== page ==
War, we are shocked to discover, is not a video game. Seduced by the antiseptic green glimmers of smart bombs and high-altitude jet jockeys flickering across TV screens, we'd come to consider international conflict little more than the quick thrill of bloodless lightning victories. This war is not like that. This war is the ruthless reduction of Kosovo: mass expulsion, killing, burned villages, the obliteration of a people's identity. This war is American soldiers--Staff Sergeant Andrew Ramirez, Staff Sergeant Christopher Stone, Specialist 4 Steven Gonzales--captured, humiliated, perhaps tried, perhaps killed. This war is sophisticated supertech airplanes dropping tons of ordnance night after night that fail to stop the enemy's rifle-toting soldiers. This war is Slobodan Milosevic, cleverer and crueler than planners expected, so far getting the better of NATO.
Disagreements would not erupt in war, Winston Churchill said, unless the other side also believed it could win. The strongman of Serbia has once again confounded the best-laid plans of the West by fighting back when he was supposed to fold. He ceded the skies to NATO, letting the bombs and missiles rain down while barely activating his air defenses. Meanwhile, on the ground, his army pursued two-pronged tactics: pushing tens of thousands of Albanian Kosovars out of the country and engaging in a murderous offensive against the rebel Kosovo Liberation Army.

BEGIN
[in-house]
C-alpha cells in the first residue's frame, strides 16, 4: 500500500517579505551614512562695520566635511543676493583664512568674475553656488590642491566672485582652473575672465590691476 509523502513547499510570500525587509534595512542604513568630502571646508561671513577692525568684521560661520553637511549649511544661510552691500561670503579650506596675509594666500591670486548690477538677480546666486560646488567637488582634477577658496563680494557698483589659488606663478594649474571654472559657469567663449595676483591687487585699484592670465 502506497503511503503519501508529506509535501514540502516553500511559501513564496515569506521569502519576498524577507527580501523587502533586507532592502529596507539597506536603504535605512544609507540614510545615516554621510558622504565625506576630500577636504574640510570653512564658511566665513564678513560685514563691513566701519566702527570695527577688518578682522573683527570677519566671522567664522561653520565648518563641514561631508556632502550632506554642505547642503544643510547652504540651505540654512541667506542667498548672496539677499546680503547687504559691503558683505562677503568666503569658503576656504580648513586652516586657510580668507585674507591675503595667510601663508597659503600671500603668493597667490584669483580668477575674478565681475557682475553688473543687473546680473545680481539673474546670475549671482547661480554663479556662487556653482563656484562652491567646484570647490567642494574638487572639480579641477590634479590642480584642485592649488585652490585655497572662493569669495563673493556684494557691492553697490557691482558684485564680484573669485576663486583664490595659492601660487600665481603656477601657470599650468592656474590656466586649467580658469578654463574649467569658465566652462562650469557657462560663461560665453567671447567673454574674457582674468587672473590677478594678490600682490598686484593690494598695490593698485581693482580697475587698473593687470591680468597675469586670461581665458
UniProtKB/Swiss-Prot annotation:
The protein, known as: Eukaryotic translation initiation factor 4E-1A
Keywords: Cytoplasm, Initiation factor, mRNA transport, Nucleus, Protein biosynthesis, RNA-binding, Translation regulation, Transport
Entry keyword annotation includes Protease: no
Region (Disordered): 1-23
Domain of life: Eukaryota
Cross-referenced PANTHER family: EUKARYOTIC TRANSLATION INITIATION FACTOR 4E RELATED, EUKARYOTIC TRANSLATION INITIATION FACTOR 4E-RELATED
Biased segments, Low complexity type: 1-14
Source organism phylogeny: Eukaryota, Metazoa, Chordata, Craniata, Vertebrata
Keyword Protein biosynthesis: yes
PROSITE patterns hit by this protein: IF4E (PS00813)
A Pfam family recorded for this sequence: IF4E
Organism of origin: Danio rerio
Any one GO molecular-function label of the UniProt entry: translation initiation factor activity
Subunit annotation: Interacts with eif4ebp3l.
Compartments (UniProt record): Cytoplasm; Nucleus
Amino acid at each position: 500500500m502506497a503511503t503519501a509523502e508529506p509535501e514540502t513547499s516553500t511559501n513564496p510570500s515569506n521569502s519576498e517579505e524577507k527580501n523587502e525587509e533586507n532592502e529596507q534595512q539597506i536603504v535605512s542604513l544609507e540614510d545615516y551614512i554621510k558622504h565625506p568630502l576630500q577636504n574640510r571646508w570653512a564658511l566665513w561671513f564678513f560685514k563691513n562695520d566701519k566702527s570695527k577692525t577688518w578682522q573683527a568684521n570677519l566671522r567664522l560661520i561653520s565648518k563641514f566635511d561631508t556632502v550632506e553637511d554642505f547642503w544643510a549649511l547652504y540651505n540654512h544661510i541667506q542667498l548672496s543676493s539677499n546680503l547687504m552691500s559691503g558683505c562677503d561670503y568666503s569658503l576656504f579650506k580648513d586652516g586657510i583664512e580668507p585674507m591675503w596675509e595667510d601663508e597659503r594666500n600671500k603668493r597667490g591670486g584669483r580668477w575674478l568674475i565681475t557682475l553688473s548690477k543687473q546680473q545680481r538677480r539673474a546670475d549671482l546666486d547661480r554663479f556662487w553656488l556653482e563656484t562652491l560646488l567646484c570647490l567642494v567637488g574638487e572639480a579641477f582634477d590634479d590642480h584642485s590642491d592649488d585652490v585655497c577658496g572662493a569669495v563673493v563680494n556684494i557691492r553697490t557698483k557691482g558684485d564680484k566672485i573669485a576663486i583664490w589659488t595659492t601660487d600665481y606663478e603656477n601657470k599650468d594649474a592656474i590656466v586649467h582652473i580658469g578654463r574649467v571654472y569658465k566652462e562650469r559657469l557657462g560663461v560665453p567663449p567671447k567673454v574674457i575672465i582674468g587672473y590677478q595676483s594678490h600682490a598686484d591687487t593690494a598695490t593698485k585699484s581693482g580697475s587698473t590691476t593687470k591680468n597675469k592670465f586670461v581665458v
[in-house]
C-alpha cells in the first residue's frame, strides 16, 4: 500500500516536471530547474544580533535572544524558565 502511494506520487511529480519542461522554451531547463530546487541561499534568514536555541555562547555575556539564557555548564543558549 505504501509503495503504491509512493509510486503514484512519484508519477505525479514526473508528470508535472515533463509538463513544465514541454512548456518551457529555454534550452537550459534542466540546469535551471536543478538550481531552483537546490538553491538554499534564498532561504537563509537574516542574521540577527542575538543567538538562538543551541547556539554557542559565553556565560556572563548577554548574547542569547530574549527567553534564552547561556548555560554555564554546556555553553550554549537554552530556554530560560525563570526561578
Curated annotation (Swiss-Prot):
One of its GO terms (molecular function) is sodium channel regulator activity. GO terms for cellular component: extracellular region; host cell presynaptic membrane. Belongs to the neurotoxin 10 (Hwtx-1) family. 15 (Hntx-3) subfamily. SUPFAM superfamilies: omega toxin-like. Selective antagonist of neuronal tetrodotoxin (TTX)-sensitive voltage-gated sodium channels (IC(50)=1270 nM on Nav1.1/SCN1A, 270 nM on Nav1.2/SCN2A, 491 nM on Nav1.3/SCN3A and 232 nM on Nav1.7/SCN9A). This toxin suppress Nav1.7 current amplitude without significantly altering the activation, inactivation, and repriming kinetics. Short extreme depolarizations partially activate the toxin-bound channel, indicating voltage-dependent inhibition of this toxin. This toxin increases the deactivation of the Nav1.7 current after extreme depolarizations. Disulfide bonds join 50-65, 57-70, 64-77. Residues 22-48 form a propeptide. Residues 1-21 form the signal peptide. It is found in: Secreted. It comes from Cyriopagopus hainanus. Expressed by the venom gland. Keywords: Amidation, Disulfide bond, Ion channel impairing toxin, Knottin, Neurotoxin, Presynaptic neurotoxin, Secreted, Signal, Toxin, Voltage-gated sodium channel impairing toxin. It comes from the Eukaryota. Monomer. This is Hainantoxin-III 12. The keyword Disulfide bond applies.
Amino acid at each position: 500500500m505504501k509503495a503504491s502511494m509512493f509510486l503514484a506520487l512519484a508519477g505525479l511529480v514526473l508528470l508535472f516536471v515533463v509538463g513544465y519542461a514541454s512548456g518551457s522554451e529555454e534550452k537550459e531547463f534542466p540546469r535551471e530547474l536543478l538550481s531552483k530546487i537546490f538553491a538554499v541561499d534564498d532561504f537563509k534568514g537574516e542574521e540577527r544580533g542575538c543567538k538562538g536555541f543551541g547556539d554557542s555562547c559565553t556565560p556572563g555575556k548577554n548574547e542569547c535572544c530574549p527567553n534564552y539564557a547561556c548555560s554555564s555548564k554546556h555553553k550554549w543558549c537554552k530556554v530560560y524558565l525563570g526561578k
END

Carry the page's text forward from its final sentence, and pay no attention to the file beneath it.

And Milosevic seemed to be winning, at least by his peculiar calculus. He has foisted a barbarous humanitarian crisis upon his neighbors and the European continent. The sight of thousands upon thousands of dazed, weeping refugees fleeing for their lives into the region's poorest, least stable states set off shock waves in the West. The states themselves--particularly Macedonia and Montenegro--trembled at the very real possibility that Kosovo's instability was contagious.
The wonder weapons of air power looked futile against primitive "ethnic cleansers" with guns. The long-threatened bombing campaign failed to deter the rape of Kosovo and even appeared to be speeding it. Publicly, NATO insisted that the blame for the refugee flight lay solely with Milosevic, not Western bombs. But privately, officials offered a line that made more sense alongside the awful images. Military planners lamented that bad weather, clever Serb tactics, White House worries about collateral damage--and a reluctance to risk pilots' lives--kept them from hitting at Milosevic as hard as they wished. And diplomats complained that the limp military effort wasn't bringing the Serbs to heel fast enough. "You want to know the truth?" asked a senior State Department official who had urged a tougher assault against Milosevic. "We don't think we've accomplished anything." That frustration, in part, led NATO to speed up the pace of its bombing, to launch a precision cruise-missile attack that set key ministries in the heart of Belgrade aflame Saturday morning, to plan a massive pounding over the Easter weekend and to prepare for a much broader campaign--one that will look less like a video game and an awful lot like conventional declared war.